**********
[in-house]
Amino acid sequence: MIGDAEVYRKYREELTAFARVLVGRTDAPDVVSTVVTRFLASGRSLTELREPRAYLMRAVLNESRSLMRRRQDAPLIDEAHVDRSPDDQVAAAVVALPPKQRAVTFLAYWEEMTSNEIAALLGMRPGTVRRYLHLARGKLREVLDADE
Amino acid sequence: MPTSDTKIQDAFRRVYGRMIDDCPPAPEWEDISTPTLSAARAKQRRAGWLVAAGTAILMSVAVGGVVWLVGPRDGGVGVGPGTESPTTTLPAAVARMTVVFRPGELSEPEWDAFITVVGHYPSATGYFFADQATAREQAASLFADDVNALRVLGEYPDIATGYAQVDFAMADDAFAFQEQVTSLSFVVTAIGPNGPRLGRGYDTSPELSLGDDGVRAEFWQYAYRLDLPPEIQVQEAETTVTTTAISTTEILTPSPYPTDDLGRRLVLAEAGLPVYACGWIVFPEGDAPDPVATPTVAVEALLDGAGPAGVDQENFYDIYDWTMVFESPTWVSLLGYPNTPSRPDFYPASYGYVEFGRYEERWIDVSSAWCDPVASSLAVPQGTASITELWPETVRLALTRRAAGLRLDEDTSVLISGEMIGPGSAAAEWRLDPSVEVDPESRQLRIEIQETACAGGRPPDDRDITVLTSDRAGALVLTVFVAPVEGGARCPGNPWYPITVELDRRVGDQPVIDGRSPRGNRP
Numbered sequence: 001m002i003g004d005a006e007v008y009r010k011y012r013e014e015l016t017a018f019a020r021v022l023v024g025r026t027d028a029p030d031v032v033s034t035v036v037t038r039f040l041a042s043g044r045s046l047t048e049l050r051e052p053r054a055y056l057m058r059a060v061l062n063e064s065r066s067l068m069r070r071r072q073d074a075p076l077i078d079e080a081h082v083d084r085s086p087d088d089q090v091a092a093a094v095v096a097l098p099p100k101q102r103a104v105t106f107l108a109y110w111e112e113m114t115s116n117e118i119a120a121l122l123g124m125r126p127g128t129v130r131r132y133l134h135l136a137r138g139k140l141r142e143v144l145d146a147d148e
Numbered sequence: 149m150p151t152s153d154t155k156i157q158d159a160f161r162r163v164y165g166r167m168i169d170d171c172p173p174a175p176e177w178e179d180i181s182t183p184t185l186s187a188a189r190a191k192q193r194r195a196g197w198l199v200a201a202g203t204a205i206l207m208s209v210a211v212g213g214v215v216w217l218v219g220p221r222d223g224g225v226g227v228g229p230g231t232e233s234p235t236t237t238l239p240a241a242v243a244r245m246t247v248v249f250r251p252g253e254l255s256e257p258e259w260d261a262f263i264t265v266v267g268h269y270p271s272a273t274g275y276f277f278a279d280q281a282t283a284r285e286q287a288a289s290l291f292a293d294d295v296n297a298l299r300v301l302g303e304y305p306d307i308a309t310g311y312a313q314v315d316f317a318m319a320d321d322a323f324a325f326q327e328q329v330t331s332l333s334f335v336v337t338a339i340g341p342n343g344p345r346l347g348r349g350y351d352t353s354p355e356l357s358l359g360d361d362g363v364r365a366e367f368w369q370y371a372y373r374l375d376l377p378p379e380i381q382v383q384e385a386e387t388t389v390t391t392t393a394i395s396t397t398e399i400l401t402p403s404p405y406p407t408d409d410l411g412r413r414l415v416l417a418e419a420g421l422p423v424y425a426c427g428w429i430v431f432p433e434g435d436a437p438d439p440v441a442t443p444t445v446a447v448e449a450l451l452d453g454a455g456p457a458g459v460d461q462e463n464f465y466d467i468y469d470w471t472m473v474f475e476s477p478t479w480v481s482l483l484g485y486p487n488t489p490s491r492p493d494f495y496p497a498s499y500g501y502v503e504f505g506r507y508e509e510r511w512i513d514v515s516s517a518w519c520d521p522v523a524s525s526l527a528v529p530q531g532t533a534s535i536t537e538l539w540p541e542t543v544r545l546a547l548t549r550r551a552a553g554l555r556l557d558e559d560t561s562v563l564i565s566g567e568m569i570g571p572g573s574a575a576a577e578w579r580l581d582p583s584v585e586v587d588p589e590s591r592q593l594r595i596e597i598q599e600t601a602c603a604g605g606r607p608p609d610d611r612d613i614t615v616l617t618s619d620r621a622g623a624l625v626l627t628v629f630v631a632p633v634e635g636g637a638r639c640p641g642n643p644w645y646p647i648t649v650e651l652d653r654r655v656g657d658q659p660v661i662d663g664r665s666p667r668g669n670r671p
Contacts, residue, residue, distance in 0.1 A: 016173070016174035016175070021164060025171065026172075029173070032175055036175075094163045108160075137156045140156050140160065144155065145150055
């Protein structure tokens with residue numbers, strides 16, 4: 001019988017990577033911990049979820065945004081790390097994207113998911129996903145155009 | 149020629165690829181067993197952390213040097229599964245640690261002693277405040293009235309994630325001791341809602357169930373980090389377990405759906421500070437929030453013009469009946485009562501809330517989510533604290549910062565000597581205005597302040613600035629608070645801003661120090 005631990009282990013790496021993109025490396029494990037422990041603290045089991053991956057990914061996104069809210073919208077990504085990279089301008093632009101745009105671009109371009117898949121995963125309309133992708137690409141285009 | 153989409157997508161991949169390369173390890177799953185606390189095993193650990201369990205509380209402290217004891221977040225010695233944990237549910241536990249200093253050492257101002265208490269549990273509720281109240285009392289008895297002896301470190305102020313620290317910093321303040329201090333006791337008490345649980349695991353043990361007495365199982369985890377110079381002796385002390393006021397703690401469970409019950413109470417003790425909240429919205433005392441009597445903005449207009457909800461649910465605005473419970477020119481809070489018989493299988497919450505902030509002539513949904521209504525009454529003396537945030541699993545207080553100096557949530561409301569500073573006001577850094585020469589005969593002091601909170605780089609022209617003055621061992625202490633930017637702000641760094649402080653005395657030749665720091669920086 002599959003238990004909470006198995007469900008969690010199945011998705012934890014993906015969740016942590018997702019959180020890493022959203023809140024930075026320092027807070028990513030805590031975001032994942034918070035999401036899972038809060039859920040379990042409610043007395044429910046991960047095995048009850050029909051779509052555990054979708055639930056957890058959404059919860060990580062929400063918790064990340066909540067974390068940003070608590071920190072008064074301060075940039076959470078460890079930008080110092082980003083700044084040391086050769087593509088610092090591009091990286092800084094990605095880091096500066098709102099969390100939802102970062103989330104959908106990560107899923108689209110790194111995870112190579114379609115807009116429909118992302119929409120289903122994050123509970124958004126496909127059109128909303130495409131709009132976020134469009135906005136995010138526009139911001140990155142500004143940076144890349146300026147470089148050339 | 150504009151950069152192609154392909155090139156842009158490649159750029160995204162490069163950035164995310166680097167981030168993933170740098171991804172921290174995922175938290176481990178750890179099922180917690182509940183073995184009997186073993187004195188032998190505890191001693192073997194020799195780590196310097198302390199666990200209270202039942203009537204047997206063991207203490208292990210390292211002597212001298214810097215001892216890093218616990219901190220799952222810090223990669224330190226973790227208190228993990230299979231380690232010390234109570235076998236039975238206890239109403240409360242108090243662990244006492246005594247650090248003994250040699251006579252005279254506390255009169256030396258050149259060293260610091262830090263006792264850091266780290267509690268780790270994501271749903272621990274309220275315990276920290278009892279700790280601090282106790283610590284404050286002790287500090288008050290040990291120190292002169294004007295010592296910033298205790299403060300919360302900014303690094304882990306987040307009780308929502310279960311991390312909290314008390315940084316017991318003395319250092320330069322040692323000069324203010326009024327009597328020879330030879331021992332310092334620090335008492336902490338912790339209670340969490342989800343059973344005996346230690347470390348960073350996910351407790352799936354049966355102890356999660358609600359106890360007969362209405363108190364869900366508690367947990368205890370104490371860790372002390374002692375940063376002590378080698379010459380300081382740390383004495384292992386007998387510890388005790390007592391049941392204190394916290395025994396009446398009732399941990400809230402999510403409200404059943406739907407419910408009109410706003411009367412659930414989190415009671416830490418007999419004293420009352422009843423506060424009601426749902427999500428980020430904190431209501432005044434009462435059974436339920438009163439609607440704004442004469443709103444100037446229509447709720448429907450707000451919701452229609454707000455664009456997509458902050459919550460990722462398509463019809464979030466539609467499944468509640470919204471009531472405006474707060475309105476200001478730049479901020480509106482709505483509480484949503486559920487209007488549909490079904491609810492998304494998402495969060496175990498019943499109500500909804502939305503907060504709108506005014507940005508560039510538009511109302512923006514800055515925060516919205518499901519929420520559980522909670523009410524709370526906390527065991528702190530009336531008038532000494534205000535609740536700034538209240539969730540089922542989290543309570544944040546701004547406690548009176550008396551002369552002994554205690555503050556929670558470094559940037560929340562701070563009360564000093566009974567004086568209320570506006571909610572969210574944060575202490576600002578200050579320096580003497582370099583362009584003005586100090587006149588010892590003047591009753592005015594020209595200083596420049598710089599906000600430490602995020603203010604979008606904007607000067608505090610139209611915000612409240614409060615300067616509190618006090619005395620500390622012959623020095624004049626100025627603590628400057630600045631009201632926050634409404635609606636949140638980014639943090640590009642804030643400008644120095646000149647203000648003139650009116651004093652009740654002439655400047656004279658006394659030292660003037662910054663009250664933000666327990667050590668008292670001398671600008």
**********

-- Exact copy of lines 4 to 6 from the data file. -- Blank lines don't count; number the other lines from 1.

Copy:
Numbered sequence: 001m002i003g004d005a006e007v008y009r010k011y012r013e014e015l016t017a018f019a020r021v022l023v024g025r026t027d028a029p030d031v032v033s034t035v036v037t038r039f040l041a042s043g044r045s046l047t048e049l050r051e052p053r054a055y056l057m058r059a060v061l062n063e064s065r066s067l068m069r070r071r072q073d074a075p076l077i078d079e080a081h082v083d084r085s086p087d088d089q090v091a092a093a094v095v096a097l098p099p100k101q102r103a104v105t106f107l108a109y110w111e112e113m114t115s116n117e118i119a120a121l122l123g124m125r126p127g128t129v130r131r132y133l134h135l136a137r138g139k140l141r142e143v144l145d146a147d148e
Numbered sequence: 149m150p151t152s153d154t155k156i157q158d159a160f161r162r163v164y165g166r167m168i169d170d171c172p173p174a175p176e177w178e179d180i181s182t183p184t185l186s187a188a189r190a191k192q193r194r195a196g197w198l199v200a201a202g203t204a205i206l207m208s209v210a211v212g213g214v215v216w217l218v219g220p221r222d223g224g225v226g227v228g229p230g231t232e233s234p235t236t237t238l239p240a241a242v243a244r245m246t247v248v249f250r251p252g253e254l255s256e257p258e259w260d261a262f263i264t265v266v267g268h269y270p271s272a273t274g275y276f277f278a279d280q281a282t283a284r285e286q287a288a289s290l291f292a293d294d295v296n297a298l299r300v301l302g303e304y305p306d307i308a309t310g311y312a313q314v315d316f317a318m319a320d321d322a323f324a325f326q327e328q329v330t331s332l333s334f335v336v337t338a339i340g341p342n343g344p345r346l347g348r349g350y351d352t353s354p355e356l357s358l359g360d361d362g363v364r365a366e367f368w369q370y371a372y373r374l375d376l377p378p379e380i381q382v383q384e385a386e387t388t389v390t391t392t393a394i395s396t397t398e399i400l401t402p403s404p405y406p407t408d409d410l411g412r413r414l415v416l417a418e419a420g421l422p423v424y425a426c427g428w429i430v431f432p433e434g435d436a437p438d439p440v441a442t443p444t445v446a447v448e449a450l451l452d453g454a455g456p457a458g459v460d461q462e463n464f465y466d467i468y469d470w471t472m473v474f475e476s477p478t479w480v481s482l483l484g485y486p487n488t489p490s491r492p493d494f495y496p497a498s499y500g501y502v503e504f505g506r507y508e509e510r511w512i513d514v515s516s517a518w519c520d521p522v523a524s525s526l527a528v529p530q531g532t533a534s535i536t537e538l539w540p541e542t543v544r545l546a547l548t549r550r551a552a553g554l555r556l557d558e559d560t561s562v563l564i565s566g567e568m569i570g571p572g573s574a575a576a577e578w579r580l581d582p583s584v585e586v587d588p589e590s591r592q593l594r595i596e597i598q599e600t601a602c603a604g605g606r607p608p609d610d611r612d613i614t615v616l617t618s619d620r621a622g623a624l625v626l627t628v629f630v631a632p633v634e635g636g637a638r639c640p641g642n643p644w645y646p647i648t649v650e651l652d653r654r655v656g657d658q659p660v661i662d663g664r665s666p667r668g669n670r671p
Contacts, residue, residue, distance in 0.1 A: 016173070016174035016175070021164060025171065026172075029173070032175055036175075094163045108160075137156045140156050140160065144155065145150055